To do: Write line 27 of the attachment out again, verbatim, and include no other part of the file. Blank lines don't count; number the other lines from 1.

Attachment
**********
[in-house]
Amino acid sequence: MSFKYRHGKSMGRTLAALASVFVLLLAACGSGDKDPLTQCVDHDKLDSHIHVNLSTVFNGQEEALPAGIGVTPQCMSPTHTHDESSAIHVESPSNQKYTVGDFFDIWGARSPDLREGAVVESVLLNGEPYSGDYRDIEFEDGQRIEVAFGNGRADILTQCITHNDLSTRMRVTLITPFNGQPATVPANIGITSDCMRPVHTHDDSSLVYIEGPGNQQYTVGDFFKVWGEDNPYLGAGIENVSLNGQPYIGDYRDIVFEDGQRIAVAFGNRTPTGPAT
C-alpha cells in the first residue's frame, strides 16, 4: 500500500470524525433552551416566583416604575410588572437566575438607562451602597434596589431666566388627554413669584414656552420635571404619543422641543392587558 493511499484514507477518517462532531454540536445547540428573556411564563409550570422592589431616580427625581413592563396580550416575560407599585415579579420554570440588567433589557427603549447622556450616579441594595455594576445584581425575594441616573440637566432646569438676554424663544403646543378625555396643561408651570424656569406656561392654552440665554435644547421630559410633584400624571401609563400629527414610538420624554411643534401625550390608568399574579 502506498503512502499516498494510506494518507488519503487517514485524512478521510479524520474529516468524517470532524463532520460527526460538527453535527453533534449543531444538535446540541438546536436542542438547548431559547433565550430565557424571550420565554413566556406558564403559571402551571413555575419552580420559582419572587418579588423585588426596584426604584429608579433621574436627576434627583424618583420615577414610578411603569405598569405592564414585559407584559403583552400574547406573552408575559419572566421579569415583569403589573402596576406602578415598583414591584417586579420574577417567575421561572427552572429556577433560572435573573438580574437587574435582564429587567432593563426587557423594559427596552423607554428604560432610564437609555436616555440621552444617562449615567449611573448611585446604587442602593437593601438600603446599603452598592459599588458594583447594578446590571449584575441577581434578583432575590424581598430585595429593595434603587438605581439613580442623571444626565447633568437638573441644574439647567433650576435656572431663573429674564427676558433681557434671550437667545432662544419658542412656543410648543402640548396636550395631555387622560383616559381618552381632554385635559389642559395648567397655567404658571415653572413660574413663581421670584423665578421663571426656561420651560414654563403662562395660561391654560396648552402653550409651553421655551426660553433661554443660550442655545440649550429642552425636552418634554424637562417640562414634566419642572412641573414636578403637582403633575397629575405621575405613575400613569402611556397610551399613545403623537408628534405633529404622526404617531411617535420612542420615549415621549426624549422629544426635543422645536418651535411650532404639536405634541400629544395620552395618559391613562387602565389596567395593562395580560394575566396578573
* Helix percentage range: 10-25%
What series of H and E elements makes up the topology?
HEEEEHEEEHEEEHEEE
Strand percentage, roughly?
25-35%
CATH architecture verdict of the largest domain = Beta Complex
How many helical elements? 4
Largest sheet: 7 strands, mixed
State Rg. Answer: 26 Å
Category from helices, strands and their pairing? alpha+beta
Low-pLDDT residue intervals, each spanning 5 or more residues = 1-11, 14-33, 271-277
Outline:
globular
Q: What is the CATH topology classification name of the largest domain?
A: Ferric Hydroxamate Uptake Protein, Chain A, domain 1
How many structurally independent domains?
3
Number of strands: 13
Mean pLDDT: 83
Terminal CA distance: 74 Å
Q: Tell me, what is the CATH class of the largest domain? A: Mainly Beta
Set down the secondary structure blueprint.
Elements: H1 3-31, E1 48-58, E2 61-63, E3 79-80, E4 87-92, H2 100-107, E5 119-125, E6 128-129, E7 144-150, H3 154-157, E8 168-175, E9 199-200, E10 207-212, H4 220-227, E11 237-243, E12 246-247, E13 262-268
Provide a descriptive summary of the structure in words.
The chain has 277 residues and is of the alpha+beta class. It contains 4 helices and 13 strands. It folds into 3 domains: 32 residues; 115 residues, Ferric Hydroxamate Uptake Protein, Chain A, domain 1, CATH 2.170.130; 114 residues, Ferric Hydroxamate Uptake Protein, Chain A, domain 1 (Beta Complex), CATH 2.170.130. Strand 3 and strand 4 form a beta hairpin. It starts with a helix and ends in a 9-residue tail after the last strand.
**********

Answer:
Provide a descriptive summary of the structure in words.